But it did not take long be­fore it be­came clear that the un­der­ly­ing patho­logy in con­tem­por­ary Amer­ic­an polit­ics had not abated. The fail­ure of the back­ground-check bill to get 60 votes in the Sen­ate was fol­lowed by Re­pub­lic­an co­spon­sor Pat Toomey say­ing that many of his col­leagues voted against it be­cause the pres­id­ent was for it. Tellingly, Obama did not over­reach on the gun bill; he did not de­mand an as­sault-weapons ban or a lim­it­a­tion on magazines. But a more humble ap­proach made no dif­fer­ence.

How has Obama re­spon­ded? One way is to be more ag­gress­ive at reach­ing out to the pub­lic, trav­el­ing across the coun­try to make his case. But ex­cept on the gun is­sue, he has not over­prom­ised on his ca­pa­city to move the pub­lic to de­mand ac­tion that will pay off; he knows that most Re­pub­lic­ans in the House and Sen­ate are either im­mune from those pleas or more con­cerned with nar­row sliv­ers of right-wing act­iv­ists than the pub­lic as a whole. An­oth­er has been to use ex­ec­ut­ive or­ders and ex­ec­ut­ive ac­tions. But con­trary to the screams of those “unit­ary ex­ec­ut­ive” pro­ponents who cham­pioned ag­gress­ive ex­ec­ut­ive uni­lat­er­al­ism un­der Re­agan and Bush, Obama has not gone out­side the norm here.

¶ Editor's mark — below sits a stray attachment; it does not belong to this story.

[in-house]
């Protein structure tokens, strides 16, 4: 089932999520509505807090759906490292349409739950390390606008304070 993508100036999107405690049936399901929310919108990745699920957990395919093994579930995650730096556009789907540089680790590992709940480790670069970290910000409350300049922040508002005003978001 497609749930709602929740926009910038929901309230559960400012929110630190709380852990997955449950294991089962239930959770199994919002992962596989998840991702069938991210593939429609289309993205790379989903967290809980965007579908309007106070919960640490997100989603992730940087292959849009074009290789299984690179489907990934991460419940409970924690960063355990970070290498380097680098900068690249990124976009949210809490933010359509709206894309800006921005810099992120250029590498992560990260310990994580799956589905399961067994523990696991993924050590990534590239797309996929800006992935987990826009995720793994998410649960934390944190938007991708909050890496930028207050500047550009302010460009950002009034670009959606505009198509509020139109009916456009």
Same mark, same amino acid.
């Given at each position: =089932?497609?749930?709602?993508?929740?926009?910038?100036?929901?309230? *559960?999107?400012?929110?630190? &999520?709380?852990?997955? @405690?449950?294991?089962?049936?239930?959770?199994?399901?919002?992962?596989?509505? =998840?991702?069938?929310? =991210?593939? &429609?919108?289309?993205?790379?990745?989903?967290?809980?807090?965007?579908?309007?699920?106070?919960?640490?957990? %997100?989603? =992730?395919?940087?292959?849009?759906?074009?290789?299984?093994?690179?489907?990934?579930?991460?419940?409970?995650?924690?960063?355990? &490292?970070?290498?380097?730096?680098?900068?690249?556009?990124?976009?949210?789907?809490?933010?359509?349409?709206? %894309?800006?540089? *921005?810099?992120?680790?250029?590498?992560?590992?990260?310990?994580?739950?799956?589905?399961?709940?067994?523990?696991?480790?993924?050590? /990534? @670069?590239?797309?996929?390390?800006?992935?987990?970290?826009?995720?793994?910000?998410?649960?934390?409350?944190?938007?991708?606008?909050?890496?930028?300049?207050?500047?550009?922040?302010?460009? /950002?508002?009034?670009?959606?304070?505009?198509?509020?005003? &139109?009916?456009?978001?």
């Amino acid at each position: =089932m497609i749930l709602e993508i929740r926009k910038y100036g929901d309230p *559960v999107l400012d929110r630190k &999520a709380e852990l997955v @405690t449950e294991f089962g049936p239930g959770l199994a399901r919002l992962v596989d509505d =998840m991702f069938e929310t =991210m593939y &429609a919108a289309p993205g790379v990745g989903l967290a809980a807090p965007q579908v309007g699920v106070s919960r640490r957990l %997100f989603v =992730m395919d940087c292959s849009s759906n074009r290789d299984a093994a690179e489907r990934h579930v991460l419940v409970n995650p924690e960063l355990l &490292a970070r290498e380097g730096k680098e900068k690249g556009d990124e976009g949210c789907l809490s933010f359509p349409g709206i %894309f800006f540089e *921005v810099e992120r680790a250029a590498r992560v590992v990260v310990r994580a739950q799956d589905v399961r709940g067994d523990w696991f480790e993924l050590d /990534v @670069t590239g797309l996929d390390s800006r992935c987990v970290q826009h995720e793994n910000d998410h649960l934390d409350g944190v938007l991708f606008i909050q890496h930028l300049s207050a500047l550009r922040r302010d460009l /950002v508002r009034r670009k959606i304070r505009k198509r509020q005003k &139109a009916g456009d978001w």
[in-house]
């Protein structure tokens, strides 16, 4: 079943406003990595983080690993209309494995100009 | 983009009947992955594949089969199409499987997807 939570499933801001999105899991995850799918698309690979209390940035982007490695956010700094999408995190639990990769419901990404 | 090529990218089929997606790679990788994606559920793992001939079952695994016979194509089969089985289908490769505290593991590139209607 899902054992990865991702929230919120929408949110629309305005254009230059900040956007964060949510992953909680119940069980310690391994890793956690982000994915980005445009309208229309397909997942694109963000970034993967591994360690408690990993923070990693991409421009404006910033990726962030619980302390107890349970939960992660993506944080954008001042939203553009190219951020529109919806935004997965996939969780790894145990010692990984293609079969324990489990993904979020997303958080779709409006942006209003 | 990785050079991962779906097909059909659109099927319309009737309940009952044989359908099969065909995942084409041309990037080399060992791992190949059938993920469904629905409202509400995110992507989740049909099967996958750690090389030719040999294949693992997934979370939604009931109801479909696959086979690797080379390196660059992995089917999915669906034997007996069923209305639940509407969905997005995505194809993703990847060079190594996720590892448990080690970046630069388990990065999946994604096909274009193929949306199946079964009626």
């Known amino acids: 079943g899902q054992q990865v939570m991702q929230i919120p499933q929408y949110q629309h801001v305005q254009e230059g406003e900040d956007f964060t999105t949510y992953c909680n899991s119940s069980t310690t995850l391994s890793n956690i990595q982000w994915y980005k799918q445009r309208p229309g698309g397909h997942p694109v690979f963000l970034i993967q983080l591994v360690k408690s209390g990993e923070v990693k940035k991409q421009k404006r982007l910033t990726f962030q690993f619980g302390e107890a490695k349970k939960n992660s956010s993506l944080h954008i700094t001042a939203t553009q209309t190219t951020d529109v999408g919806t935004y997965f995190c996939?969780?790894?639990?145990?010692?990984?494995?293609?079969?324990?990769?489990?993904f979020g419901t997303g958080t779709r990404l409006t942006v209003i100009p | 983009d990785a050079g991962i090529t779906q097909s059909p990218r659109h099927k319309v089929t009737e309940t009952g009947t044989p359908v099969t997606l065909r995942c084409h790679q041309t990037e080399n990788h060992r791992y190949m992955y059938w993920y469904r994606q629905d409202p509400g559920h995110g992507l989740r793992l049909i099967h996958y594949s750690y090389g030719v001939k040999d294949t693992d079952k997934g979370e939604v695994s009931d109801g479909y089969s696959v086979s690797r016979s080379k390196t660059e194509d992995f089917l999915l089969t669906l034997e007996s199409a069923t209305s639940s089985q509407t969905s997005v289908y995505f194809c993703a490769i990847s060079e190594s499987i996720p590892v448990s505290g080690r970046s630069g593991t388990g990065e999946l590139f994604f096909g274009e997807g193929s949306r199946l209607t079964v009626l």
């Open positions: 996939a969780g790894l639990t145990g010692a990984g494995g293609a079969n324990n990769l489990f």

Burnout. Fa­tigue is a uni­ver­sal in a second term, for a pres­id­ent and his staff. The job(s) are bru­tal in their hours and pres­sure. In­ev­it­ably, there is sub­stan­tial turnover, in White House staff and Cab­in­et po­s­i­tions. We have seen ample evid­ence of this early in Obama’s second term, with the de­par­ture of his chief of staff, na­tion­al se­cur­ity ad­viser, and oth­er key White House of­fi­cials, along with many Cab­in­et and sub-Cab­in­et fig­ures. There will be more de­par­tures, and as time passes it gets more dif­fi­cult to get the best and bright­est to come in­to a lame-duck ad­min­is­tra­tion. The changes can bring fresh blood and per­spect­ive, but it can also res­ult in dis­lo­ca­tion and tur­moil. The long delays in identi­fy­ing re­place­ments and vet­ting them for sev­er­al of these posts, as well as the Sen­ate shenanigans on con­firm­a­tion that were os­tens­ibly re­lieved by the in­form­al deal on fili­busters in Ju­ly has made this a bit more rocky than usu­al.